What Process Teaches Us About People

What Process Teaches Us About People

Process improvement projects fail more often than they succeed. Even though there are many documented lessons from these failures, organizations continue to repeat the same mistakes. The result is wasted project spend and a process that is as bad (or worse) than when the project started. For would-be disrupters this is detrimental. Launching a disruptive idea and failing in execution makes your company trust you less and your customers are not going to risk their continuity with you anymore.

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Staying Out of the Ivory Tower

Staying Out of the Ivory Tower

What happens to our favorite artists when they get popular? A lot of things do, but the reason they resonate less is that they’re in an ivory tower. The pains and struggles they sang about when they made their first few albums are gone. The unique perspective they drew upon to write in an original way no longer exists. They are different people. They still have problems and struggles, it’s just that now those are ivory tower problems; problems that are meaningless to you.

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Cultivate Disruption

Cultivate Disruption

Human reflexes tell you to be rigid when you are pushed. They tell you to seize control and to settle things down. It is a reflex because it’s overwhelming if you are already busy with something (or several things). You are at capacity, can’t work another 60-hour week and besides, there is enough cool stuff in the pipeline already.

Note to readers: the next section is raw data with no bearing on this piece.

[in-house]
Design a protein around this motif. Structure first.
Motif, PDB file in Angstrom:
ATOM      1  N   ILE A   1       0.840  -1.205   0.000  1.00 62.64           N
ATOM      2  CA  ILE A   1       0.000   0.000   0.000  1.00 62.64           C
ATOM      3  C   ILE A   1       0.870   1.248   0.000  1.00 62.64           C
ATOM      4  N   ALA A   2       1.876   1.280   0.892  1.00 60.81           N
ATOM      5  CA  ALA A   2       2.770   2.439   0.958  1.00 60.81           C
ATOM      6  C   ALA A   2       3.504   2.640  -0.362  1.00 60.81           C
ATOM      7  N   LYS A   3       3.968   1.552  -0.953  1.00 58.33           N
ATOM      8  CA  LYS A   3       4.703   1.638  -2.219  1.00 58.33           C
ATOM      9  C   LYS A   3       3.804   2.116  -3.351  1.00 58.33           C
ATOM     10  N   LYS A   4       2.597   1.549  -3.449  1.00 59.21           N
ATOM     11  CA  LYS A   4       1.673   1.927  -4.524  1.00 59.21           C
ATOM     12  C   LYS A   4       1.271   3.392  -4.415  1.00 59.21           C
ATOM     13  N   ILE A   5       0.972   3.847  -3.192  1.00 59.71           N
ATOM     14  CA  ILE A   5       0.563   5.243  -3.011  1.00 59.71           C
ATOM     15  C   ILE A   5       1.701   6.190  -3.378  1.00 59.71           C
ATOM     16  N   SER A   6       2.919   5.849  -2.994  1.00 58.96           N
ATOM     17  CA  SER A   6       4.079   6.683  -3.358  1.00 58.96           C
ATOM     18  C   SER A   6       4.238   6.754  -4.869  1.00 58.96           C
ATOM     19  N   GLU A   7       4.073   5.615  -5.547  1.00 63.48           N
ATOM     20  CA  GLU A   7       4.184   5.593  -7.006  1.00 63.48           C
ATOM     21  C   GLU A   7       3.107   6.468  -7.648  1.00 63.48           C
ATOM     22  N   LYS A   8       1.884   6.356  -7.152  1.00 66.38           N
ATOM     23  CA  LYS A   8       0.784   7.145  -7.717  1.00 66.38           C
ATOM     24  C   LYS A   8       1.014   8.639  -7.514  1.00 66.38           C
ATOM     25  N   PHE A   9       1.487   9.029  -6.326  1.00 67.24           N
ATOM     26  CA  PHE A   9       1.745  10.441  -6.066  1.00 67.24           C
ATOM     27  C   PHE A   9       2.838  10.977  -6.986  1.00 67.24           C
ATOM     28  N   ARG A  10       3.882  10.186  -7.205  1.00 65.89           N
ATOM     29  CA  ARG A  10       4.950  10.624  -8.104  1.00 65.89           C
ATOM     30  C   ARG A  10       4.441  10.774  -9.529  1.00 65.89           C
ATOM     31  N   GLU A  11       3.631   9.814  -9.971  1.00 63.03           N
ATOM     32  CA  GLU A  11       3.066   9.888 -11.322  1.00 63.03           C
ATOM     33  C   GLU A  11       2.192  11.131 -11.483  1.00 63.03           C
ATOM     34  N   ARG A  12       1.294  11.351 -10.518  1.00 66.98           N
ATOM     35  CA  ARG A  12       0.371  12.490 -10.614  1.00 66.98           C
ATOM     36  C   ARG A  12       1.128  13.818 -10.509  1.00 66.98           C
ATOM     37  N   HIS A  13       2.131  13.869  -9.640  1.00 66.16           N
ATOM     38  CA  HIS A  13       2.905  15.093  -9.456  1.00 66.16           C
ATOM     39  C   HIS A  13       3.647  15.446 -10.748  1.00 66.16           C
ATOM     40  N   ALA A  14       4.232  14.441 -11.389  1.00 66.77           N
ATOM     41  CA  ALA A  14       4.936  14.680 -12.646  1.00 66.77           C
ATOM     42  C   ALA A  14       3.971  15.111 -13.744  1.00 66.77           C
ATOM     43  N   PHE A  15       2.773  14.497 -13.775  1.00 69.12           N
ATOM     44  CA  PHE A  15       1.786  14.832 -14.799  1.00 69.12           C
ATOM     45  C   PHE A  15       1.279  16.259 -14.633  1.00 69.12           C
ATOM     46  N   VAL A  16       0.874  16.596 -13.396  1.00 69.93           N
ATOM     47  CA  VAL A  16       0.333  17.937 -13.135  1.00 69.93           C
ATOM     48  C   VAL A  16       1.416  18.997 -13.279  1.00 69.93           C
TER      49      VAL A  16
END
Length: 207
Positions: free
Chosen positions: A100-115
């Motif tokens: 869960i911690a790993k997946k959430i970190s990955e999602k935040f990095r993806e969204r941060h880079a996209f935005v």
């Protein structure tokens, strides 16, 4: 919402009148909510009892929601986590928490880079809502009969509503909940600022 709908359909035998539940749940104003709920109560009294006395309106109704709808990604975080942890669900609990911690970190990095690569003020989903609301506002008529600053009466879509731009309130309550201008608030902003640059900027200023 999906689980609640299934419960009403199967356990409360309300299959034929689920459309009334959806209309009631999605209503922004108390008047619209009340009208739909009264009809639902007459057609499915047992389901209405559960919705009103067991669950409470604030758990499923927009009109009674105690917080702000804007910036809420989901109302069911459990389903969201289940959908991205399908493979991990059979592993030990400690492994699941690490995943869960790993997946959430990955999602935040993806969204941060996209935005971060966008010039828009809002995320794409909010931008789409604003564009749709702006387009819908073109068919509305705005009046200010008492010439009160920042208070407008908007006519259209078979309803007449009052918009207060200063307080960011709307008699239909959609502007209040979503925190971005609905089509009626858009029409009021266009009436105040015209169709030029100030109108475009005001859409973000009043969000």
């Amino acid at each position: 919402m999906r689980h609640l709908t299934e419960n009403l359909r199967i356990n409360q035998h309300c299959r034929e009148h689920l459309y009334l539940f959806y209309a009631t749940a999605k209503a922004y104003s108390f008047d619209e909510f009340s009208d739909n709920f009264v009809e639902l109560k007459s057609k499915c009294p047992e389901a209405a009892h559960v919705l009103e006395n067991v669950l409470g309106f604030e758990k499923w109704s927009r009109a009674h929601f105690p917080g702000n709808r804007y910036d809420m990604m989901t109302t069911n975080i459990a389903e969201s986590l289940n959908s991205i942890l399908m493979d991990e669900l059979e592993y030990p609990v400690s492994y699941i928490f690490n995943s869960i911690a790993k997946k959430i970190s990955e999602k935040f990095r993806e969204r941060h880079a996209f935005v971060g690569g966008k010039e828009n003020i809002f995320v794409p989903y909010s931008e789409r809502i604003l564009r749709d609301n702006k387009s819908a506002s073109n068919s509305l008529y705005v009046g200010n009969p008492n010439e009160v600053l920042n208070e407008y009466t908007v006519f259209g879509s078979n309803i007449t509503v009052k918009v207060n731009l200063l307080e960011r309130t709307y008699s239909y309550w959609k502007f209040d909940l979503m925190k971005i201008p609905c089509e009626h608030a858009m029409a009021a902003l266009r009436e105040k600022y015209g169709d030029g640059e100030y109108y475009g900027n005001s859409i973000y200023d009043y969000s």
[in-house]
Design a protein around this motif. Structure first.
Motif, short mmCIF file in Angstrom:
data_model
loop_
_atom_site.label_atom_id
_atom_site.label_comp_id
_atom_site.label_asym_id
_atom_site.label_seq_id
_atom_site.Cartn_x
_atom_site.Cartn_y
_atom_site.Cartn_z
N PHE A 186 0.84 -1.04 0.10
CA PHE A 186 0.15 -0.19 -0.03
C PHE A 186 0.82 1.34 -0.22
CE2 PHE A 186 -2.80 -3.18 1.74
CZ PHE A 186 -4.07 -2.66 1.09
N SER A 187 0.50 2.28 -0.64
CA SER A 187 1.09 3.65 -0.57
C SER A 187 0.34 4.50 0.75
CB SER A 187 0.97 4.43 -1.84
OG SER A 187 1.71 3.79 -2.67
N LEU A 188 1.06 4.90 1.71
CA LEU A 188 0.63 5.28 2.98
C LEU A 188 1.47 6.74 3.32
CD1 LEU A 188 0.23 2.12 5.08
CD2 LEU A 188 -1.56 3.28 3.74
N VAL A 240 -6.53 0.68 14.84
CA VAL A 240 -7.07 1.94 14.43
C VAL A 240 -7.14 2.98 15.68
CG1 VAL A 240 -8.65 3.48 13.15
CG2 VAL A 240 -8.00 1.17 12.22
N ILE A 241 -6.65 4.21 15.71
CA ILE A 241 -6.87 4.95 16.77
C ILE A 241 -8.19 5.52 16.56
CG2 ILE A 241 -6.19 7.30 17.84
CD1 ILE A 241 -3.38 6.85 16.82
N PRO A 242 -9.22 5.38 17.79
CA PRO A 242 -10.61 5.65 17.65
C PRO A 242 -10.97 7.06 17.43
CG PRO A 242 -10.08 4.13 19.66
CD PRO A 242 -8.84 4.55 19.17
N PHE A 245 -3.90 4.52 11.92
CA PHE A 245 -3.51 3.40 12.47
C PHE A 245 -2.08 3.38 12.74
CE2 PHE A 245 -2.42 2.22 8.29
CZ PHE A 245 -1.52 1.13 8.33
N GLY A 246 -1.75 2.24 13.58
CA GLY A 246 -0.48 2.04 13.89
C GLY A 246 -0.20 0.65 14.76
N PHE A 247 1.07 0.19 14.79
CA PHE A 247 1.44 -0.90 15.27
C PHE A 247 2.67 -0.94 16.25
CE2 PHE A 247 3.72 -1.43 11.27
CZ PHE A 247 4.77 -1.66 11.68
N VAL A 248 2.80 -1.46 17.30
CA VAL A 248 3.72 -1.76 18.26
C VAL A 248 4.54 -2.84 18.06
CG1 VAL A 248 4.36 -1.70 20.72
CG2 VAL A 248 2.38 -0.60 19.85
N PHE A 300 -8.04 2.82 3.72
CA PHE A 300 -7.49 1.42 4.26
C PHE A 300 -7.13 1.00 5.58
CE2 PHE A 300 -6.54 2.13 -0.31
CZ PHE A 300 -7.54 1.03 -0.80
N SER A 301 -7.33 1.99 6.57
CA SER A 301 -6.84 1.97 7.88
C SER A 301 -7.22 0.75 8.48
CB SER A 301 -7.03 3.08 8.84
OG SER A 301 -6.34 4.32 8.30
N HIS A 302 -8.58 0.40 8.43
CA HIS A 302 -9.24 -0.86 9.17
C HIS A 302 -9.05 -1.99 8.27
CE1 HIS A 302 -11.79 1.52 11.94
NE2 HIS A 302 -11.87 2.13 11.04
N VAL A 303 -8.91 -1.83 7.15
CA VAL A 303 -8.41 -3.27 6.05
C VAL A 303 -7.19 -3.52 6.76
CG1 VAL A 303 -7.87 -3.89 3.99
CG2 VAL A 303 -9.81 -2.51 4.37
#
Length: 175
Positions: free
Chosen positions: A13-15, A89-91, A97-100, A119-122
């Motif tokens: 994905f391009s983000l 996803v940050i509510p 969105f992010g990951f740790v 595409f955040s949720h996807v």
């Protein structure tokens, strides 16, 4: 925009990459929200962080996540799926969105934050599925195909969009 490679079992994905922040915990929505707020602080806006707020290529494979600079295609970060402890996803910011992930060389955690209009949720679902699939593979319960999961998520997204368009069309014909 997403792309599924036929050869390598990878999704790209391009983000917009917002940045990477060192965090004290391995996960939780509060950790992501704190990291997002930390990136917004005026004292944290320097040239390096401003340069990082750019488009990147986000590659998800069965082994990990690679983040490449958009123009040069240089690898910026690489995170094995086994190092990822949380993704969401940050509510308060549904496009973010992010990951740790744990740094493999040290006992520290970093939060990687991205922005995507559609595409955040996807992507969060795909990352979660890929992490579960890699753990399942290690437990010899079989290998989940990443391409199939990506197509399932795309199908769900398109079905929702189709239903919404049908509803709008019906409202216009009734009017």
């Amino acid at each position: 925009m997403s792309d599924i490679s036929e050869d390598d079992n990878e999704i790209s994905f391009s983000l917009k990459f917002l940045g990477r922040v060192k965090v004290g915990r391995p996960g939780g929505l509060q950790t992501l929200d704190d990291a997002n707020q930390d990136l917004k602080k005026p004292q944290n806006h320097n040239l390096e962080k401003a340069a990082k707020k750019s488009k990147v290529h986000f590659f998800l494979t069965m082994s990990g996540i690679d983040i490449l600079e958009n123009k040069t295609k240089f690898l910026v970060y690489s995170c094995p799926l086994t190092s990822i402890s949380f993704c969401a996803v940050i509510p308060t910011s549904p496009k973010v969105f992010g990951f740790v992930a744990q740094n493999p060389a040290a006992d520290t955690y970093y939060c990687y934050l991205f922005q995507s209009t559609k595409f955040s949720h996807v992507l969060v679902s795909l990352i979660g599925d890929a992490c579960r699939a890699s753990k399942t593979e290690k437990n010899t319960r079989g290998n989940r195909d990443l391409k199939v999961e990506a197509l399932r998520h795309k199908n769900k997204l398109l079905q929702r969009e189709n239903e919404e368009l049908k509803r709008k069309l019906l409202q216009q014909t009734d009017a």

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Individual Contributors (Should) Make the Best Innovators

Individual Contributors (Should) Make the Best Innovators

How can a mid-market or big company be as good at quickly innovating as a great start-up? By putting more empowerment back in the hands of individual contributors. To understand why this works and how to achieve it, it’s important to understand the make up of start up employees. Start up employees are:

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How to Read

How to Read

Experts and pontificators are not there to give you an instruction manual on how to be good at your job, but this is how they tend to be used by their readers. Most of the time normal people who are “well read” find a few authors they totally agree with and relate to and stick to them. They attempt to directly implement the things they’ve read into their job function. This is the wrong way to read because it develops critical thinking very slowly.

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Quality Controls: Keep it Light

Quality Controls: Keep it Light

Continuously adding controls is quite damaging over time. Since controls are applied to processes across all individuals who perform them, every control you implement reduces the productivity of individuals who would otherwise perform the task correctly. The penalty of adding a control to those who don’t need it is greater than the gain of a new control correcting the behavior of those who occasionally mess up.

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Your Single Greatest Asset: Overcoming Obstacles

Your Single Greatest Asset: Overcoming Obstacles

A study published by Expert Choice shows that when it comes to finding the top project managers in the world (the ones who really have to make sure execution is flawless and manage $100 million+ budgets effectively),  senior executives are looking for one quality above all others: the ability to overcome obstacles.

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